HW#9.pdf - FA17 PSY 202 Section 4 HW#9 Conceptual section...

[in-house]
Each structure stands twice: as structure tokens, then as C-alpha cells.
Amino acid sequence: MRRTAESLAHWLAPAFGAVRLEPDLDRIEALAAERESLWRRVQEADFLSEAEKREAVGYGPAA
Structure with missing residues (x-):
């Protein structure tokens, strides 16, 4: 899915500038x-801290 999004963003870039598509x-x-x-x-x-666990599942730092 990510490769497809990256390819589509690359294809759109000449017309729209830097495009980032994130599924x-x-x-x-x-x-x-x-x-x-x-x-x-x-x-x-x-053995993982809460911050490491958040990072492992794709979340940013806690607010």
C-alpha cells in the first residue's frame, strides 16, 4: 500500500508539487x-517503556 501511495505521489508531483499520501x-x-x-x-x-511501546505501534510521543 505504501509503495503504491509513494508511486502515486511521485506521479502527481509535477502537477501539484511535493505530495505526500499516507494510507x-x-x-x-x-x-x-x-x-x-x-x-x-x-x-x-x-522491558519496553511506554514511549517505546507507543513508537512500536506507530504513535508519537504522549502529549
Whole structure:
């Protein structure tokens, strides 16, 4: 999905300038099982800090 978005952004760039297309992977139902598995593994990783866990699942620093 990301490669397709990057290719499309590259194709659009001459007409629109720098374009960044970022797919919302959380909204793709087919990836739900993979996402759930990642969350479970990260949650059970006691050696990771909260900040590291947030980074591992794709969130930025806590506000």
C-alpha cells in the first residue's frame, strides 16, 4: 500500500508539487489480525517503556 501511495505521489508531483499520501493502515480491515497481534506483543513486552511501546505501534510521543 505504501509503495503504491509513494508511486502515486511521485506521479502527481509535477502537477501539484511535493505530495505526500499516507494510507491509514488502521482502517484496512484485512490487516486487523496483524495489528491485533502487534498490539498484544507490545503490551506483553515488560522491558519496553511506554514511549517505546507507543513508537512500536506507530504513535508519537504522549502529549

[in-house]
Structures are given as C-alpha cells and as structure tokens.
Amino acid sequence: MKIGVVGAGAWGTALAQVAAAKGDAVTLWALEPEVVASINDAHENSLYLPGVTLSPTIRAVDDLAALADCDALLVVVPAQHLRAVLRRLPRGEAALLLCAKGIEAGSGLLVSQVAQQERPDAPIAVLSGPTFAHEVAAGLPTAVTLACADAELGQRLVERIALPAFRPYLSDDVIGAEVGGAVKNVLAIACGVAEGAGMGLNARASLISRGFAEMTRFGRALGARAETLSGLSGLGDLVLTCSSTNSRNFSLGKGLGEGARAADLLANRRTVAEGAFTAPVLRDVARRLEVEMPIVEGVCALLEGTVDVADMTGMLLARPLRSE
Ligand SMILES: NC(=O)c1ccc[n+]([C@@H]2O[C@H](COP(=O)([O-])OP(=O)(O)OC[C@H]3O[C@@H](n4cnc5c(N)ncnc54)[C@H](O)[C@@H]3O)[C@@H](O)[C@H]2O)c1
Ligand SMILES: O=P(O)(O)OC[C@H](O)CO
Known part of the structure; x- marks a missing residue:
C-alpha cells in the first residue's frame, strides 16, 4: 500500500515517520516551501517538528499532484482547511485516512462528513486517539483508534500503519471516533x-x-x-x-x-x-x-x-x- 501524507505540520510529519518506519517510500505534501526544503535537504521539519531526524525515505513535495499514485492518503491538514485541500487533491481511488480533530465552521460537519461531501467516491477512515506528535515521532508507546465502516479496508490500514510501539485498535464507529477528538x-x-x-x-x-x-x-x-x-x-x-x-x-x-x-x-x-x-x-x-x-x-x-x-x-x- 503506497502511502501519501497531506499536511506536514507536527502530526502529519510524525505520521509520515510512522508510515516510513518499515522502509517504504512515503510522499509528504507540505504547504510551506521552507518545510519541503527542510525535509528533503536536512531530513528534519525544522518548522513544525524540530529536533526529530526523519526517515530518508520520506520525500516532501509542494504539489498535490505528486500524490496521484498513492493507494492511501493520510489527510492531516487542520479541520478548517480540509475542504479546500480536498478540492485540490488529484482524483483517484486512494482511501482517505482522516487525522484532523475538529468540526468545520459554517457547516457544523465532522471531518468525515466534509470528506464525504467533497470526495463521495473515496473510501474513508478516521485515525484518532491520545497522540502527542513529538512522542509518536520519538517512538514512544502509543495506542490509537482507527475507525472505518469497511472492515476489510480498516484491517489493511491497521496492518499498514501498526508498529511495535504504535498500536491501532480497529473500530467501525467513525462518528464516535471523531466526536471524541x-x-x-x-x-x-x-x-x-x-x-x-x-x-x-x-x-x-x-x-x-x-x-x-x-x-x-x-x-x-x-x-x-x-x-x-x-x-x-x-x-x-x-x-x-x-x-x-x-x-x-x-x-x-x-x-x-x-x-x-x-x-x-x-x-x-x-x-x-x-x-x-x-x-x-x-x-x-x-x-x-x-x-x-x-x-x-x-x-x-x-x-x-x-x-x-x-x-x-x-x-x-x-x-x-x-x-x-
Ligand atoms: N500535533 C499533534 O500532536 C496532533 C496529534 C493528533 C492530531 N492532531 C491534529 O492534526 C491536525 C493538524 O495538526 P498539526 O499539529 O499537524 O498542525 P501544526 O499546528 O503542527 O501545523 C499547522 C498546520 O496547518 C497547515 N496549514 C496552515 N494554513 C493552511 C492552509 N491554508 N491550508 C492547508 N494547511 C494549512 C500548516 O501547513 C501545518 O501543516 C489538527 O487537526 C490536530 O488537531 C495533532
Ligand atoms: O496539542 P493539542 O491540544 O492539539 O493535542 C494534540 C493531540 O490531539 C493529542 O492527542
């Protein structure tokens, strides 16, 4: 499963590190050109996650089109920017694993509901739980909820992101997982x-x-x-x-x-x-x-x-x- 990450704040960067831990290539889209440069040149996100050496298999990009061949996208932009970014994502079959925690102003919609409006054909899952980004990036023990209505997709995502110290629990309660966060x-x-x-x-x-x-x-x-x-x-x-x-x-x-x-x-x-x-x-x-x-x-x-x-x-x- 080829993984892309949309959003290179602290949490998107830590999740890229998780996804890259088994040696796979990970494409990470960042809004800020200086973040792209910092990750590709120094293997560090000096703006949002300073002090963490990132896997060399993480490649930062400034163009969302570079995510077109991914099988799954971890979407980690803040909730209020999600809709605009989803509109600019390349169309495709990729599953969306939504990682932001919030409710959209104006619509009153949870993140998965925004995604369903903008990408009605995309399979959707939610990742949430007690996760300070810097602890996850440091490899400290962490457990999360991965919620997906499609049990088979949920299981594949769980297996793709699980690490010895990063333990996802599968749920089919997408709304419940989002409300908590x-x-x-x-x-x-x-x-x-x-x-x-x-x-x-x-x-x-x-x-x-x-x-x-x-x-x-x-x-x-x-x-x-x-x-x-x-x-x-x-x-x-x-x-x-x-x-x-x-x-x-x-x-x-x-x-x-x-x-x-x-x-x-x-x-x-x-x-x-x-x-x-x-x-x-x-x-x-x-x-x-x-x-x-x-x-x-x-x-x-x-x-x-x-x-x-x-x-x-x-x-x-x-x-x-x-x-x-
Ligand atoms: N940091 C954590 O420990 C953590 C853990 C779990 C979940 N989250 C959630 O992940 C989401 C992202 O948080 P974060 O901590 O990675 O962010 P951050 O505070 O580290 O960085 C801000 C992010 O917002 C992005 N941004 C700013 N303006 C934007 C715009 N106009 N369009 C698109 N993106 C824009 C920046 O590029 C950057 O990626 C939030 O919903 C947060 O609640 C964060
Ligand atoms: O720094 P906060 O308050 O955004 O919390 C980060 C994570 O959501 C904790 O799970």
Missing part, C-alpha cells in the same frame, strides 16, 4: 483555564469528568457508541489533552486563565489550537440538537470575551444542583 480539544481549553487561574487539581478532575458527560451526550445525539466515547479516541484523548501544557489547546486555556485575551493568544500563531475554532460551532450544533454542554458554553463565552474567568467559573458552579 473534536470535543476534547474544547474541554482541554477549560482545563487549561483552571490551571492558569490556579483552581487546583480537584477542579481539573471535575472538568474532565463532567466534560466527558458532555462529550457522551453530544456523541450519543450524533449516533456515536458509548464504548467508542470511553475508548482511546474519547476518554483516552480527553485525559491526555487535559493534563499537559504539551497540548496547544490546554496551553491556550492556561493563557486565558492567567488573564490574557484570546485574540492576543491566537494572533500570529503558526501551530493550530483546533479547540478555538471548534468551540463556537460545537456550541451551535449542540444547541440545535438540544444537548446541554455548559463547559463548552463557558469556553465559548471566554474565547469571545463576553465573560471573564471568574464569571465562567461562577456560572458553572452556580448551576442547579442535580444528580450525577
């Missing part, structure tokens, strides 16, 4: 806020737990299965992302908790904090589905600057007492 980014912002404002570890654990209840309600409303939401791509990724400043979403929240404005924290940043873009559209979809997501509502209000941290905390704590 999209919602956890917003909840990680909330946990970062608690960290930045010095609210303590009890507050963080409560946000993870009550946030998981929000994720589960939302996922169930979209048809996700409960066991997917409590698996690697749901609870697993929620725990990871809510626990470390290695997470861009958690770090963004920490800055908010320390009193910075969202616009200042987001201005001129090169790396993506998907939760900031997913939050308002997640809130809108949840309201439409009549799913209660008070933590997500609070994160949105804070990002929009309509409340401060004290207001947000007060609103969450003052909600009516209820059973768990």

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FA17 PSY 202 Section 4 HW#9 Conceptual section What are the differences between a t-score and a z-score? A z-score measures the gap from the sample size and the null hypothesis. the size of the gap compares the standard error of estimation. In a T-score we don’t know the variance of the population, so as sample size increases, the distribution becomes more narrow Why can’t we use a z-test when our sample size is lower than 25? Because the critical values don’t work anymore, so it won’t be extreme enough if the sample size is small. How are the degrees of freedom for a t-distribution calculated? the degrees of freedom equal n-1, as it increases, it gets closer to normal distribution. What happens to the distribution’s kurtosis as those degrees of freedom increase? Kurtosis increases How does the increase in degrees of freedom affect the distribution’s variance? The variance decreases How does the increase in degrees of freedom affect the distribution’s critical values? The critical values become closer together What are the assumptions that must be met for us to use a t-test? the sample size doesn’t matter, continuos scores, approx. normal raw scores To determine the minimum sample size to use for a t-test, what information do we need ahead of time? when the skewness between +/- 2 and kurtosis less than 5 For what type of distribution do we need to use proportion tests instead of t-tests?
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